PITTSBURGH — Aaron Mathews is a freakish athlete.
The sophomore Pitt receiver is listed at 6-foot-4 and 205 pounds, and it’s easy to see why he was originally recruited as a safety coming out of Clairton High School. He’s tall, with long arms and a chiseled physique.
He’s not just big, either. Mathews is tough and physical. He excelled as a blocker from the wide receiver position in 2016 and also earned his way into a special teams role on kick coverage units.
But Mathews is also a receiver. That position is usually associated with different types of athletic prowess. Quickness and precision are valued more than brute strength and power. This spring, Mathews focused on become a more-rounded receiver. Instead of a blocking specialist that used his size as his biggest asset, Mathews wants to become known as a route runner and a technician on the inside as well as the outside. He feels that he can make tough catches in traffic and use his frame to fight for extra yards as well as catch deep balls over the top with his speed and height.
It shouldn’t come as a surprise that Mathews has dedicated himself to his craft as a receiver. After all, it was the biggest factor in him deciding to come to Pitt in the first place. Mathews, who played quarterback and linebacker at Clairton, was initially recruited by most programs — including the Panthers — as a defensive player. Mathews originally committed to Penn State to play safety, but Pitt ended up with a late opening at receiver and that was enough to lure Mathews to play closer to his hometown.
In his first full year at the position, Mathews showed plenty of glimpses of promise. But he finished the season with just six catches for 51 yards. That’s something that he’s determined to improve upon in his second season.
“I feel like I’m still a little bit behind,” he said. “There’s always room for improvement. The sky’s the limit. I just have to keep working. I feel like as of right now, I’m not where I want to be.”
That should be a scary thought for opposing defenses. If the already physically imposing Mathews could become a top-flight route runner and pass catcher, the sky really is the limit. He’s certainly made an impression to those that have surrounded him all spring at Pitt’s practices.
“He’s starting to learn the game more,” said senior cornerback Avonte Maddox, who faced Mathews regularly in practice this spring. “It’s one thing to be big and strong, but once the knowledge comes into play, you can become a really great player. I feel like he’s learning the game a lot more. He was already big and strong and he’s got good hands. All he has to do is get in the film room and keep learning the game more and he can be a dominant receiver, to be honest.”
“When I first got here, his mold was kind of the high school quarterback who is making his way to receiver and he’s been doing a great job,” added redshirt senior quarterback Max Browne. “You can see he’s big, tall, athletic and can run a little bit. I’ve hooked up with him on a bunch of deep balls, which is great to see the explosive plays using his size. He’s just an athlete. … I think utilizing what he has to offer will be a mismatch.”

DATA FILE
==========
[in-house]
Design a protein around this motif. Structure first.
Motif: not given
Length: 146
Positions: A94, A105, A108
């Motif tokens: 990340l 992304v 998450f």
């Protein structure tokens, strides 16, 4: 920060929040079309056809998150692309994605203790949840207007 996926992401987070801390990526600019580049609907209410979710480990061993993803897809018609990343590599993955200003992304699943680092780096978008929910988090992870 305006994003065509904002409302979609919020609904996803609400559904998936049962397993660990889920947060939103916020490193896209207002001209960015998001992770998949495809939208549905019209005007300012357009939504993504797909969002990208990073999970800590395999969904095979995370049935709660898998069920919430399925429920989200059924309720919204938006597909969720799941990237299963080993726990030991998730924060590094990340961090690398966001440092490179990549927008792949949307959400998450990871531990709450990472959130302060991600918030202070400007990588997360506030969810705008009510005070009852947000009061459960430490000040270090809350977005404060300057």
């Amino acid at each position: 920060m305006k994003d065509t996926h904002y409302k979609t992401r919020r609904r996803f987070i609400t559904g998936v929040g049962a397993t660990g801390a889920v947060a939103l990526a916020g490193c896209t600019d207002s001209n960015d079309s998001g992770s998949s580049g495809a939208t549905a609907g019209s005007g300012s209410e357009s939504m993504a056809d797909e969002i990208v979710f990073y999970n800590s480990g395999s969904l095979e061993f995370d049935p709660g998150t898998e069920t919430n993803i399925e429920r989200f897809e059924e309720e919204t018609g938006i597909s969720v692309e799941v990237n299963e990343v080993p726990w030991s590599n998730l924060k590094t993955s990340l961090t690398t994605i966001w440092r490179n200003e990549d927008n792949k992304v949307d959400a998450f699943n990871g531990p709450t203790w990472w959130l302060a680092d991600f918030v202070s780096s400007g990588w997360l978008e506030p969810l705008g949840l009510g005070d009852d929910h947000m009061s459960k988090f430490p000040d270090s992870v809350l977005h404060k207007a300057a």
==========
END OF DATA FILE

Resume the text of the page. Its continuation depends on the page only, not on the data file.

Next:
So the consensus is that Mathews is a matchup problem that could develop into a dominant receiver. Why then did some people — including Pitt head coach Pat Narduzzi for a time — wanted to play him at defense?
Part of the reasoning for that is his lack of experience. Between his role as an option-style quarterback and his defensive responsibilities Mathews never really got to show what he could do as a receiver in his high school career.
“I think he can be a heck of a defensive player,” said Narduzzi, who has probably never met a player he didn’t think he could find a place for on defense.
But even Pitt’s defensively-oriented head honcho saw something in Mathews that lead him to the offensive side of the ball.
“He likes to play wide out,” Narduzzi said. “It’s ups and downs. It’s a grind. But Aaron has done some nice things.”
Clairton head coach Wayne Wade, who was Mathews’ last head coach, had a similar conundrum. Offense or defense was not the issue, as most Clairton players play both ways. But the issue was if he should use Mathews at wide receiver — where he preferred to play and hoped to continue his career— or where the team needed him the most.
“We saw in here that he would be a receiver at the next level, even though there were some schools that thought Aaron could possibly play [defense] at the next level,” Wade said. “If it was my wish, Aaron would have played receiver all three years of high school. It was just that we needed him at quarterback.”
Wade went on to explain the importance of Mathews’ role at Clairton. He wasn’t just any quarterback. He took the reigns of the team that lost Tyler Boyd and was coming off a state title and a state-record unbeaten streak and won two more WPIAL titles, keeping Clairton’s status intact as a school that doesn’t just produces college and pro athletes, but one that wins championships.
“I think it’s a testament to our program the he jumped on board when it was his turn. He saw the guys that were in front of him. … Aaron was always a bigger kid, a faster kid, a more athletic kid. So with all of his hard work and everything, we knew Aaron was going to be a Division I player.
The lack of experience that made him an under-the-radar prospect at the position also provides hope that Mathews can grasp his full potential with more tutelage at the spot. You can count Wade amongst those that believe it will happen.
“Without a doubt,” he said. “I was down on the field at the spring game. He’s working with the starting guys. I truly believe that in a year or two, Aaron is going to be one of those big-name receivers from Pitt. You’ll hear about Aaron Mathews like you hear about all of the great receivers that have come through Pitt.”